Unsurprisingly, Battlefield 3: Armored Kill is the absolute business. Close Quarters was a very enjoyable pit stop – and different enough to warrant constant revisiting – but there’s nothing truly experimental about Armored Kill; it’s just classic, down-the-line Battlefield. There are new vehicles, a brand new gameplay mode and four stunning new maps, but as always, success demands that you employ all of the Battlefield staples; teamwork, foresight and communication. The devastating new AC-130 gunship, which comes into play during both Conquest and Rush matches, forces these traits upon you like never before. You need to be constantly prepared to briskly dispatch that gunship as soon as it appears on the skyline, but if you’re all waiting for it, who’s going to destroy the tank that will inevitably roll into view a few seconds later?
Two of the four new maps call a couple of golden oldies to mind. There are shades of White Pass and Port Valdez in the sprawling Alborz Mountains, and Armored Shield is reminiscent of Bad Company 2’s Heavy Metal; no bad thing. What’s most impressive about these new environments is that they all – even more so than the original Battlefield 3 maps – work just as well on Rush as they do on Conquest. Bandar Desert was clearly built for Conquest and Death Valley is a Rush map par excellence, but neither one is damaged by the transition to the other mode. Death Valley broadens out and sprawls like the best of them, and the Rush pathways through Bandar were chosen very shrewdly indeed. By comparison, Caspian Border is a fantastic Conquest map but a rather ho-hum Rush one; here, you’re paying for four maps, but are essentially being given eight. In addition, Death Valley makes for a pretty peerless Death Match slayground.
Quad bikes make a welcome return – they’re utterly vital during Conquest – along with a duo of new tank destroyers and two rocket artillery vehicles. The artillery vehicles are very easy to use, but are almost as difficult to master as jets or attack helicopters. They allow you to lay missile fire down across vast distances, but while the explosions that those missiles create are almost cataclysmic, gauging range and scope involves a lot of trial and error. The slightest tap of a thumbstick is enough to send you way off target, but the process of learning the ropes is compelling; get your first kill, and you’ll be hooked. The game’s new gameplay mode is Tank Superiority, and it’s a novel diversion that, like Close Quarters’ Gun Master, will become a welcome one-off on many a veteran’s playlist. It’s a chaotic mode to be sure, but each map is so large that victory is all about flanking and savvy team coordination.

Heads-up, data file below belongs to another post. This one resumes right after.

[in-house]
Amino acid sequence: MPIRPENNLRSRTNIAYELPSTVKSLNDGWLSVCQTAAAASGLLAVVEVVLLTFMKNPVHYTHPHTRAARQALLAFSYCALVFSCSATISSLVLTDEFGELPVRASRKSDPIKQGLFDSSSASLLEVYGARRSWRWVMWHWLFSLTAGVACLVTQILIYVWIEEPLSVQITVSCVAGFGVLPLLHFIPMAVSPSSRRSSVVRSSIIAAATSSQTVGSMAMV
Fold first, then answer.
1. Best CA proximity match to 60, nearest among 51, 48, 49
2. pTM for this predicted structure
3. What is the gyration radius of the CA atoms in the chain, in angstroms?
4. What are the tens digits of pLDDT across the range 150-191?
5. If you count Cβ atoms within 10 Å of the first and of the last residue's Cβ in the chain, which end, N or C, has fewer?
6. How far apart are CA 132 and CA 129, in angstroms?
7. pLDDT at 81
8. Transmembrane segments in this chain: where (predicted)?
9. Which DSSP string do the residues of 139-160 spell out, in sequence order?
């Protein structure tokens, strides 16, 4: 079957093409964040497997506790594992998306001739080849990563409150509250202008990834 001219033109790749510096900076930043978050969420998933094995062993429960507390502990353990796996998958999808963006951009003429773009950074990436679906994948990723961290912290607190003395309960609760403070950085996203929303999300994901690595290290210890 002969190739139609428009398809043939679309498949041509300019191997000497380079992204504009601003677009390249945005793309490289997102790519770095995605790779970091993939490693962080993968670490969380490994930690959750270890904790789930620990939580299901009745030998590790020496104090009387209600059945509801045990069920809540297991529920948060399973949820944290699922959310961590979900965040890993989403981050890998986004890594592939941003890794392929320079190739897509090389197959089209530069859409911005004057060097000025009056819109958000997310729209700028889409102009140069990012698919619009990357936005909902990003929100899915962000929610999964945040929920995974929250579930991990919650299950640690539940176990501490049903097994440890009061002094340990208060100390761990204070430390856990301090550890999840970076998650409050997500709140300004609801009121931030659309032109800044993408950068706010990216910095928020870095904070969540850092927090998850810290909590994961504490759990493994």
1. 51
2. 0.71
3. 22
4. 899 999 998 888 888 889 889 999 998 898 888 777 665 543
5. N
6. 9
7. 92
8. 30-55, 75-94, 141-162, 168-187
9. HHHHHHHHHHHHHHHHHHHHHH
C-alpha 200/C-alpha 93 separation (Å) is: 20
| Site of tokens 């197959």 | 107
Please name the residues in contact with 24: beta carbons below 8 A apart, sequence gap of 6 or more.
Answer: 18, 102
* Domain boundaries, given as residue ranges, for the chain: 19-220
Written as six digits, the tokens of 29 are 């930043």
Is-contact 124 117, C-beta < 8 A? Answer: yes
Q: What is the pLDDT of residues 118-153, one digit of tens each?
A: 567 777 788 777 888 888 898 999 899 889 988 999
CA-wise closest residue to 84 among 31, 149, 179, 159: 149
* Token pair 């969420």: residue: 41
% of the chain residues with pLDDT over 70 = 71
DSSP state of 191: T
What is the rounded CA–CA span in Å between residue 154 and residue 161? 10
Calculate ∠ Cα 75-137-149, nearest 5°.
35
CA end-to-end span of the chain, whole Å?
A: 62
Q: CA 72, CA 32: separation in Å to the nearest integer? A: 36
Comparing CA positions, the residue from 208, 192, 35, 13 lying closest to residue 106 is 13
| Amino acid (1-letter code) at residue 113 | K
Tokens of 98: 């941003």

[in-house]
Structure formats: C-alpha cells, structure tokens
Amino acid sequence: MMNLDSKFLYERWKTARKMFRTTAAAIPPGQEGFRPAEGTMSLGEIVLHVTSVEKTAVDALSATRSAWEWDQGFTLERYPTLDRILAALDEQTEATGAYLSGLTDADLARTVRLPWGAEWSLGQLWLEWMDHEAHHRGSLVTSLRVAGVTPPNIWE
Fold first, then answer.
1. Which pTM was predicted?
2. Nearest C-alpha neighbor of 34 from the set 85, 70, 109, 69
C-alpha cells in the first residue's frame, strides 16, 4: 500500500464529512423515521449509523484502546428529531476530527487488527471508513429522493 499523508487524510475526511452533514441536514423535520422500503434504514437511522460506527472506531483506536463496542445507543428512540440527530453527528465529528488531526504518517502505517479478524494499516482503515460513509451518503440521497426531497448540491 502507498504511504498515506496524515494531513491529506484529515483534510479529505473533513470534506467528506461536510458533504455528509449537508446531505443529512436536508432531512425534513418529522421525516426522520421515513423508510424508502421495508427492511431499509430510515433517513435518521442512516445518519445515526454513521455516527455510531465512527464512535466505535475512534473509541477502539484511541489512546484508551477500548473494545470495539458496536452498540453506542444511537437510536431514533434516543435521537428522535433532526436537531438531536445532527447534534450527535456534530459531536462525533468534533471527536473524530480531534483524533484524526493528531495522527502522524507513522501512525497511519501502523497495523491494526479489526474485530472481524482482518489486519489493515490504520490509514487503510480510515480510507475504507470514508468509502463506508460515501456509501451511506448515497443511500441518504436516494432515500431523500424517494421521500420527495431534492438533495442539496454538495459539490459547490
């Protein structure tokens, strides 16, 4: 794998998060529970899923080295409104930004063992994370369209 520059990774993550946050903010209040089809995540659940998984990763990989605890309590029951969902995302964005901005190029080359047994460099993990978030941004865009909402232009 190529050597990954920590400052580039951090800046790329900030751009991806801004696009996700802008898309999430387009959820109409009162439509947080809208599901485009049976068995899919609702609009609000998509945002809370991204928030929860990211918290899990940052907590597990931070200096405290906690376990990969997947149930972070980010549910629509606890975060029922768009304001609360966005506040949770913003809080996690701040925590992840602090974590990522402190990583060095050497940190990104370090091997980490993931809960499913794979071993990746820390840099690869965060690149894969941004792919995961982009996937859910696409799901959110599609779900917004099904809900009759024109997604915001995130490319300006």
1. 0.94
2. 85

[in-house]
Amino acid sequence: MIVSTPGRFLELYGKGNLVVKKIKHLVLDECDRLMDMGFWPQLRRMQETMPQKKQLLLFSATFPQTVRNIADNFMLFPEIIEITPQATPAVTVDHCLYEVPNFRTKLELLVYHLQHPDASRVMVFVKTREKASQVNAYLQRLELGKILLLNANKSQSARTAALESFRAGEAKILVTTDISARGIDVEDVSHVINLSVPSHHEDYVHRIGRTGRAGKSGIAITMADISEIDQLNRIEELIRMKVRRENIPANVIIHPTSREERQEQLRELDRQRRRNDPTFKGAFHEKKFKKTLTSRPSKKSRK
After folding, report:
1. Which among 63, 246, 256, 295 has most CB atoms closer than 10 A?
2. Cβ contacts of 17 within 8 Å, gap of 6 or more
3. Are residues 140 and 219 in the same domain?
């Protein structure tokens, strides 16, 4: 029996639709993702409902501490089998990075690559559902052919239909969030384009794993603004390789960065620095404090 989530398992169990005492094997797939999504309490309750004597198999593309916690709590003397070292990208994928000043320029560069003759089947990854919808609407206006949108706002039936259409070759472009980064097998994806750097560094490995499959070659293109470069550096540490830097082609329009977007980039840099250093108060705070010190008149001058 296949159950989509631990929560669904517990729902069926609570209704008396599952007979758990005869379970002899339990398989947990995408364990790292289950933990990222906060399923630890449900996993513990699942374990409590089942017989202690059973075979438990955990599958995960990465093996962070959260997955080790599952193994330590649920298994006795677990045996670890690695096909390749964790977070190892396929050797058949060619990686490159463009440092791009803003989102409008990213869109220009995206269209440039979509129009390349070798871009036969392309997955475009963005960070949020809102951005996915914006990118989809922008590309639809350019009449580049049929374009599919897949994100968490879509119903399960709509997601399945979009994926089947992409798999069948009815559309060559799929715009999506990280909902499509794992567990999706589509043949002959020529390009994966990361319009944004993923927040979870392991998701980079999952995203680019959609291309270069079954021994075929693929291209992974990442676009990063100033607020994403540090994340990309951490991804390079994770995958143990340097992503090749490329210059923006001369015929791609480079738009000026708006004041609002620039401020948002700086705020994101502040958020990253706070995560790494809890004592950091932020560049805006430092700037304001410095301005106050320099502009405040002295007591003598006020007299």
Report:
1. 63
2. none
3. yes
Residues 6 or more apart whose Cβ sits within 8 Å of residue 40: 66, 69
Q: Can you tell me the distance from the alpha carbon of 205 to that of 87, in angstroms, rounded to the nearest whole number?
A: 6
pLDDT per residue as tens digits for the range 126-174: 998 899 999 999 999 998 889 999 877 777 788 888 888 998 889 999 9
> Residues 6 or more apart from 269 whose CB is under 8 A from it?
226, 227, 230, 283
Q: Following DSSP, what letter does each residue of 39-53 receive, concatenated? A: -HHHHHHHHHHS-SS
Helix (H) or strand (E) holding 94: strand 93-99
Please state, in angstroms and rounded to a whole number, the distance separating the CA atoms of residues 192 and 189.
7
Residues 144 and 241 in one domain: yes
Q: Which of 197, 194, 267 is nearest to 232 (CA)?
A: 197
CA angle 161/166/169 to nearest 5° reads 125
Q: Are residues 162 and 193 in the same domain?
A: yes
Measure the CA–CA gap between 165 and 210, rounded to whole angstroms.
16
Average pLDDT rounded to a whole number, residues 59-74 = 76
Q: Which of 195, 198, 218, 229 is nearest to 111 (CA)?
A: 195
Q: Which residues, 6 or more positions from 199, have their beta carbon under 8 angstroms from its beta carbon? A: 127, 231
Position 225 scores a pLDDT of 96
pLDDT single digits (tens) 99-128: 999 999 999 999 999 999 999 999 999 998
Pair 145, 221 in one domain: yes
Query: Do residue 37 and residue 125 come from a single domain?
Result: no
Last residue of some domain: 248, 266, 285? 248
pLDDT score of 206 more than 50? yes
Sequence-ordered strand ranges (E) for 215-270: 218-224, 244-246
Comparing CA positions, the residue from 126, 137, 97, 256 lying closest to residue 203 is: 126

The only real issue with Armored Kill at present is that the AC-130 is somewhat unbalanced during Rush games. It spawns too quickly and constantly demands the attention of an entire defending team, which poses something of a problem when you’re also supposed to be keeping a pair of objectives locked down. This will inevitably be patched at some point soon, but the problem doesn’t exist during Conquest, where control of the gunship is dependent on capturing a specific objective, and your team aren’t endlessly spawning in one place. The only other quibble is that you’re in trouble if you’re against the idea of playing as an engineer, but then Armored Kill is a themed expansion, not a rewrite. The maps are huge and the vehicles are plentiful, and for many people, that’s what Battlefield is all about. This is yet another deeply classy piece of work from those Swedish maestros at DICE, and basically essential.
Battlefield 3: Armored Kill is available now for Battlefield Premium subscribers on all platforms. Battlefield 3: Premium Edition is currently due for release on PC, Playstation 3 and Xbox 360 on Friday, September 14th 2012.
Watch the official launch trailer for Battlefield 3: Armored Kill below: